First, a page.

In his column today, David Brooks asks whether winning an Academy Award is worth it, if it comes with a cheating husband, as it did for Sandra Bullock. I don't care about that question, but I do want to underscore some Brooksian fallacies. They are not his alone, but he is giving them wings by printing them in his New York Times op-ed column.
In making his case, Brooks says this: "According to another [study], being married produces a psychic gain equivalent to more than $100,000 a year." He gives no reference to the study so it is hard to check out the claim the way I prefer - by reading the original research report. Still, just that one sentence is telling. What it tells us is to beware. If some study really did show that "being married" is equivalent to one hundred grand in "psychic gain," then if you get married, will you become the equivalent of $100K happier?
The answer is no. Studies that compare the currently married to everyone else (which is the vast majority of marital status studies) can tell us nothing about the implications of getting married for happiness, health, or anything else. That's because the currently married are the people who are left after setting aside the 40-some percent of people who got married, hated it, and got divorced. It is like saying that the new drug Shamster is very effective, based on a study in which the experiences of nearly half the people who took the drug were discounted, because it most certainly did not work for them. Or, as one of my Living Single readers pointed out, it is like encouraging others to get into the start-up business based on the success of Google and Netflix, hoping that it won't occur to them to consider all of the start-ups that fail.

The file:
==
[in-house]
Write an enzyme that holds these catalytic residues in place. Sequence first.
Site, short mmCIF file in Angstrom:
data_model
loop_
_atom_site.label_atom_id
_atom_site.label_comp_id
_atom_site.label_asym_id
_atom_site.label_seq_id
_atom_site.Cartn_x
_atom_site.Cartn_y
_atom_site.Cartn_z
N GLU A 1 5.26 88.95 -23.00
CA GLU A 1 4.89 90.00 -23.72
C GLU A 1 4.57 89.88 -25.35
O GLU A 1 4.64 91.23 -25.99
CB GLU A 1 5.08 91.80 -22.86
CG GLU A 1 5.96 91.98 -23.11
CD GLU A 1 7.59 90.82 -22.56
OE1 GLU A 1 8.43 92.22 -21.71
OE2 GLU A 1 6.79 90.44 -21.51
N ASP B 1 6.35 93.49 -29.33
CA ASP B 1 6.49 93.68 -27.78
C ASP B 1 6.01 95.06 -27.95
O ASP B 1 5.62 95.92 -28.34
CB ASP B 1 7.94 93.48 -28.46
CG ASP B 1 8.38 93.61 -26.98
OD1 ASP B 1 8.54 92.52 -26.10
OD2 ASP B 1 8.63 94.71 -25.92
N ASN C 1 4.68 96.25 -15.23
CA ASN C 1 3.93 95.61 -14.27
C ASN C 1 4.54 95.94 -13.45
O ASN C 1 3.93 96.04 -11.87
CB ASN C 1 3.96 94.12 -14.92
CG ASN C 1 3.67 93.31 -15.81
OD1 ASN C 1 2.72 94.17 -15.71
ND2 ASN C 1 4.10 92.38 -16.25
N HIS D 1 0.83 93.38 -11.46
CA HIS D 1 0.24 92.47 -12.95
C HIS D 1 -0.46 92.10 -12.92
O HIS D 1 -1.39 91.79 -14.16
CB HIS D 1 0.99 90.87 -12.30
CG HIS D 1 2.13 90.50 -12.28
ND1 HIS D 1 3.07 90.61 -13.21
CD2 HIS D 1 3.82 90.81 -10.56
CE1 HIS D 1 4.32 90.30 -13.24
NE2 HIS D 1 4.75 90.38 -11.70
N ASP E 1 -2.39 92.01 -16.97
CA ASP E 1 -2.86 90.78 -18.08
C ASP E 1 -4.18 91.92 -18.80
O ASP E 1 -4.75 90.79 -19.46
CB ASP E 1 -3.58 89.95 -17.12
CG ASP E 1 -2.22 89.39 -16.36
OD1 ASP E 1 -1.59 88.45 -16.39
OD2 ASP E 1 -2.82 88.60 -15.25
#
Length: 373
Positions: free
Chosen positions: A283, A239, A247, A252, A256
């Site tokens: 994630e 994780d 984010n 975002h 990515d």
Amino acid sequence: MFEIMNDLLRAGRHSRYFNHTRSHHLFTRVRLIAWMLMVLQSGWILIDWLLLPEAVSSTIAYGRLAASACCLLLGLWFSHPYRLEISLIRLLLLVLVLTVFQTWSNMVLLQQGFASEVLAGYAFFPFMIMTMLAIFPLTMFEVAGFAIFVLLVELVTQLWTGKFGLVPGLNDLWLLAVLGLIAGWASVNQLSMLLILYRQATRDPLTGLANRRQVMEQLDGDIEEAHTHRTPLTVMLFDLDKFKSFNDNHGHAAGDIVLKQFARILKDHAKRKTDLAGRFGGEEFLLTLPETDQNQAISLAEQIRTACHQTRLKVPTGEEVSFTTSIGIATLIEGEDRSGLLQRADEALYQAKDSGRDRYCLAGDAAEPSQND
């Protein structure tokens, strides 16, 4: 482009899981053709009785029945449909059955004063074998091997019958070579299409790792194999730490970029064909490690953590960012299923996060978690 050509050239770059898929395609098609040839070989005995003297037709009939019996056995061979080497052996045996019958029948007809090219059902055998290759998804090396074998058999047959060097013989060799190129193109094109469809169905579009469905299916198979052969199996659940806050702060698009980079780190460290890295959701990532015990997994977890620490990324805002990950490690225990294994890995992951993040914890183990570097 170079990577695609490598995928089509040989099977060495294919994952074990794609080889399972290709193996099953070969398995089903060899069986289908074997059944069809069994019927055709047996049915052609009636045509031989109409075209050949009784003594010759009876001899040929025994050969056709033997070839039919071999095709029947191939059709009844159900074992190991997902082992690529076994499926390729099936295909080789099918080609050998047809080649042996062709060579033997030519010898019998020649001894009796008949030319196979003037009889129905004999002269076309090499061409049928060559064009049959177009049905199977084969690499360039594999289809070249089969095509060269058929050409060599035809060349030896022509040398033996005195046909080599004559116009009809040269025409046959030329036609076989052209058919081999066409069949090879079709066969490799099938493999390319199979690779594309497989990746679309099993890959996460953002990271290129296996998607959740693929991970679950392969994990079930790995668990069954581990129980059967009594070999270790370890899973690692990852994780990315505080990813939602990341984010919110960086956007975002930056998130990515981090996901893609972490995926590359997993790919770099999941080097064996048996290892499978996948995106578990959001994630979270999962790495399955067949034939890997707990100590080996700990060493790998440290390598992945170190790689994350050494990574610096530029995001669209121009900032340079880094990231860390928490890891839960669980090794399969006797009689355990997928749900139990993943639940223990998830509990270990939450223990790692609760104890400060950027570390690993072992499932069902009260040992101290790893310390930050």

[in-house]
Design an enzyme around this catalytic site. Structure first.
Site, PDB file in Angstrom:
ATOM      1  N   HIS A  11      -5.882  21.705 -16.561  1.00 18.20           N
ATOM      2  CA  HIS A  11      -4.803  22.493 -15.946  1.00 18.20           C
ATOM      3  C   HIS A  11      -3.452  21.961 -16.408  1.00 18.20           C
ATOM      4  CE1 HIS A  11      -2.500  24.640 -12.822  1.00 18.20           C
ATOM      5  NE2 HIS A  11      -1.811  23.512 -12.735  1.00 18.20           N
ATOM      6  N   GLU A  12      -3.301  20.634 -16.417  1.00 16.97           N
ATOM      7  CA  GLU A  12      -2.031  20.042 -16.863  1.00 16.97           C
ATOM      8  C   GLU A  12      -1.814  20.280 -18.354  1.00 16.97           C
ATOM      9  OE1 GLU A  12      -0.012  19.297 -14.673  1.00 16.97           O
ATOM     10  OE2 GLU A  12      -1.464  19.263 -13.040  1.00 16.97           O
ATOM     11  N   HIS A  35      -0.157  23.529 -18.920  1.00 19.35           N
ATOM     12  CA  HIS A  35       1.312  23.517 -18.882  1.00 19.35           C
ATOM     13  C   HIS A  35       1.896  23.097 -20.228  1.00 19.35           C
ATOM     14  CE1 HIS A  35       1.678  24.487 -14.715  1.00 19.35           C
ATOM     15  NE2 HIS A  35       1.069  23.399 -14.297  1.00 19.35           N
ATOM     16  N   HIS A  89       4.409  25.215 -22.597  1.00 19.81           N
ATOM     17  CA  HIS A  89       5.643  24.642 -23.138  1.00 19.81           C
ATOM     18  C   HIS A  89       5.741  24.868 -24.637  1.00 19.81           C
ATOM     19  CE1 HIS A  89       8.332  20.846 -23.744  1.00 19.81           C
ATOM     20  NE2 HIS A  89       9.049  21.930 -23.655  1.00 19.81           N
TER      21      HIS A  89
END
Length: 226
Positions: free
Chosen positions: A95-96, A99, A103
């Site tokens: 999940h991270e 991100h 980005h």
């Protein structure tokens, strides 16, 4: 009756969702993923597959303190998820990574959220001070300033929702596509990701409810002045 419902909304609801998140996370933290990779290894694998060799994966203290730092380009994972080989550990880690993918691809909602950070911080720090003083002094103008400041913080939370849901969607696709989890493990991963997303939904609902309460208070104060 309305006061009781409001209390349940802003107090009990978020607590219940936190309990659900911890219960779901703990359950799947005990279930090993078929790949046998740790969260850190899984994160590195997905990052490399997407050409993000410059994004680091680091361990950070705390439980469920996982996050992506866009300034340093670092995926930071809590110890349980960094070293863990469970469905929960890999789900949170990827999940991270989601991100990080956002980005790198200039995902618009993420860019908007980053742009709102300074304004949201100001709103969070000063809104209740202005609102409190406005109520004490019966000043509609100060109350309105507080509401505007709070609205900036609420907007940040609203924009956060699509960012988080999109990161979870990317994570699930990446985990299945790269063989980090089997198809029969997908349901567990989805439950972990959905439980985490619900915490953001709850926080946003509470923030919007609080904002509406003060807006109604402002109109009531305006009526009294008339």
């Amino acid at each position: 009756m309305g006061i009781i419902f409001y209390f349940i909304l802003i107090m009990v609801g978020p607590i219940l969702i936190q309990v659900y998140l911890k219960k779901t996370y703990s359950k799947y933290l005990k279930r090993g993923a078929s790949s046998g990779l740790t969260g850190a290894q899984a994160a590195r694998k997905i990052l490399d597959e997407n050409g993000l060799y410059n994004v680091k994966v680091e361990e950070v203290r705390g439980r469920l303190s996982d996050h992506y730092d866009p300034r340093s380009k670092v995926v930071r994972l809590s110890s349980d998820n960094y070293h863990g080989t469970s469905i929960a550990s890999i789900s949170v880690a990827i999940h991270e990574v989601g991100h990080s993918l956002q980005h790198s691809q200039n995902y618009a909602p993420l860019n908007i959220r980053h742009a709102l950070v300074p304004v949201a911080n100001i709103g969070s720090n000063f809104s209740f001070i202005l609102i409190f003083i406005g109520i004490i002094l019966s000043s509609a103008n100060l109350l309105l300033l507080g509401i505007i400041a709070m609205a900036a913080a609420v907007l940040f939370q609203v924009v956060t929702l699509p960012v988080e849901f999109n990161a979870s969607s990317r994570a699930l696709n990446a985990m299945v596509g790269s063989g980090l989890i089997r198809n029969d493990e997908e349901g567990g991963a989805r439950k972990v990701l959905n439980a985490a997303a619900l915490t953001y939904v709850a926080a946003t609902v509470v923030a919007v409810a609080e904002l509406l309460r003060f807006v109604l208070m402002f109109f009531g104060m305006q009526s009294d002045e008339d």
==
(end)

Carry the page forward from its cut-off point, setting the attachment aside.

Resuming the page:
Keep this general rule in mind and you can debunk many claims about the implications of getting married from now into the future: Anyone who compares those who are currently married with others is probably cheating. Such a comparison tells you nothing about the implications of getting married.
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